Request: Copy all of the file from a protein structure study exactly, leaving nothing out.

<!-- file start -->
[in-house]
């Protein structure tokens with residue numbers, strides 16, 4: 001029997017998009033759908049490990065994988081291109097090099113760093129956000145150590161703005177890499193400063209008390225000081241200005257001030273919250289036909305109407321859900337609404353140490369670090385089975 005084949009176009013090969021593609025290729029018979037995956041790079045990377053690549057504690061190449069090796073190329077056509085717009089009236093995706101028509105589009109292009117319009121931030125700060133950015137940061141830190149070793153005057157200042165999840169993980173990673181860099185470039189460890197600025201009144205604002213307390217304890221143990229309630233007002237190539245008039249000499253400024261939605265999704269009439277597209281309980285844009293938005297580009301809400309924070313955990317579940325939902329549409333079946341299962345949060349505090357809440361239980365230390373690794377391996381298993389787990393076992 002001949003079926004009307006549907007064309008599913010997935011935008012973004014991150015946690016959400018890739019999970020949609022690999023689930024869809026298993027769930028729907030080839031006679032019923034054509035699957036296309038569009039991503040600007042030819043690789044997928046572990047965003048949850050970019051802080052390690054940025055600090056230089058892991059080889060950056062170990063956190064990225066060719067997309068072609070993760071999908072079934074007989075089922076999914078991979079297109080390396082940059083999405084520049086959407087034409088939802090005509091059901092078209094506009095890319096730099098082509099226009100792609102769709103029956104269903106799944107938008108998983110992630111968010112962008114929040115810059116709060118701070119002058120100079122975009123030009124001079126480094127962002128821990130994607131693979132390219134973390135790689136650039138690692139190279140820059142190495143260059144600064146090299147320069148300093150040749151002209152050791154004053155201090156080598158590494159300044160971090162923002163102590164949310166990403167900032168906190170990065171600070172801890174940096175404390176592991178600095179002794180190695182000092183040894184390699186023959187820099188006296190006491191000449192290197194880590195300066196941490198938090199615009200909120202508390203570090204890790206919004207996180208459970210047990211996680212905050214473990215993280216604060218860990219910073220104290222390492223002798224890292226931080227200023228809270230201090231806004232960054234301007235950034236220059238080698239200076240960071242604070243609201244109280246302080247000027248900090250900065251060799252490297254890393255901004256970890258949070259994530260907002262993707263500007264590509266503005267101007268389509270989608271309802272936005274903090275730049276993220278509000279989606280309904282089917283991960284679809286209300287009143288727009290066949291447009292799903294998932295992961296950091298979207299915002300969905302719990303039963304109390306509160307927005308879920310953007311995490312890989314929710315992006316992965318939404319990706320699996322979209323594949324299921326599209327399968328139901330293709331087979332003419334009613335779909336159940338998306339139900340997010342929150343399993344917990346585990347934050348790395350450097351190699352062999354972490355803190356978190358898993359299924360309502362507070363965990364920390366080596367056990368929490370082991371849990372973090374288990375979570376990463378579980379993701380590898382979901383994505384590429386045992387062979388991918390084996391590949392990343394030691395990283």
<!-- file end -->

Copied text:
[in-house]
């Protein structure tokens with residue numbers, strides 16, 4: 001029997017998009033759908049490990065994988081291109097090099113760093129956000145150590161703005177890499193400063209008390225000081241200005257001030273919250289036909305109407321859900337609404353140490369670090385089975 005084949009176009013090969021593609025290729029018979037995956041790079045990377053690549057504690061190449069090796073190329077056509085717009089009236093995706101028509105589009109292009117319009121931030125700060133950015137940061141830190149070793153005057157200042165999840169993980173990673181860099185470039189460890197600025201009144205604002213307390217304890221143990229309630233007002237190539245008039249000499253400024261939605265999704269009439277597209281309980285844009293938005297580009301809400309924070313955990317579940325939902329549409333079946341299962345949060349505090357809440361239980365230390373690794377391996381298993389787990393076992 002001949003079926004009307006549907007064309008599913010997935011935008012973004014991150015946690016959400018890739019999970020949609022690999023689930024869809026298993027769930028729907030080839031006679032019923034054509035699957036296309038569009039991503040600007042030819043690789044997928046572990047965003048949850050970019051802080052390690054940025055600090056230089058892991059080889060950056062170990063956190064990225066060719067997309068072609070993760071999908072079934074007989075089922076999914078991979079297109080390396082940059083999405084520049086959407087034409088939802090005509091059901092078209094506009095890319096730099098082509099226009100792609102769709103029956104269903106799944107938008108998983110992630111968010112962008114929040115810059116709060118701070119002058120100079122975009123030009124001079126480094127962002128821990130994607131693979132390219134973390135790689136650039138690692139190279140820059142190495143260059144600064146090299147320069148300093150040749151002209152050791154004053155201090156080598158590494159300044160971090162923002163102590164949310166990403167900032168906190170990065171600070172801890174940096175404390176592991178600095179002794180190695182000092183040894184390699186023959187820099188006296190006491191000449192290197194880590195300066196941490198938090199615009200909120202508390203570090204890790206919004207996180208459970210047990211996680212905050214473990215993280216604060218860990219910073220104290222390492223002798224890292226931080227200023228809270230201090231806004232960054234301007235950034236220059238080698239200076240960071242604070243609201244109280246302080247000027248900090250900065251060799252490297254890393255901004256970890258949070259994530260907002262993707263500007264590509266503005267101007268389509270989608271309802272936005274903090275730049276993220278509000279989606280309904282089917283991960284679809286209300287009143288727009290066949291447009292799903294998932295992961296950091298979207299915002300969905302719990303039963304109390306509160307927005308879920310953007311995490312890989314929710315992006316992965318939404319990706320699996322979209323594949324299921326599209327399968328139901330293709331087979332003419334009613335779909336159940338998306339139900340997010342929150343399993344917990346585990347934050348790395350450097351190699352062999354972490355803190356978190358898993359299924360309502362507070363965990364920390366080596367056990368929490370082991371849990372973090374288990375979570376990463378579980379993701380590898382979901383994505384590429386045992387062979388991918390084996391590949392990343394030691395990283």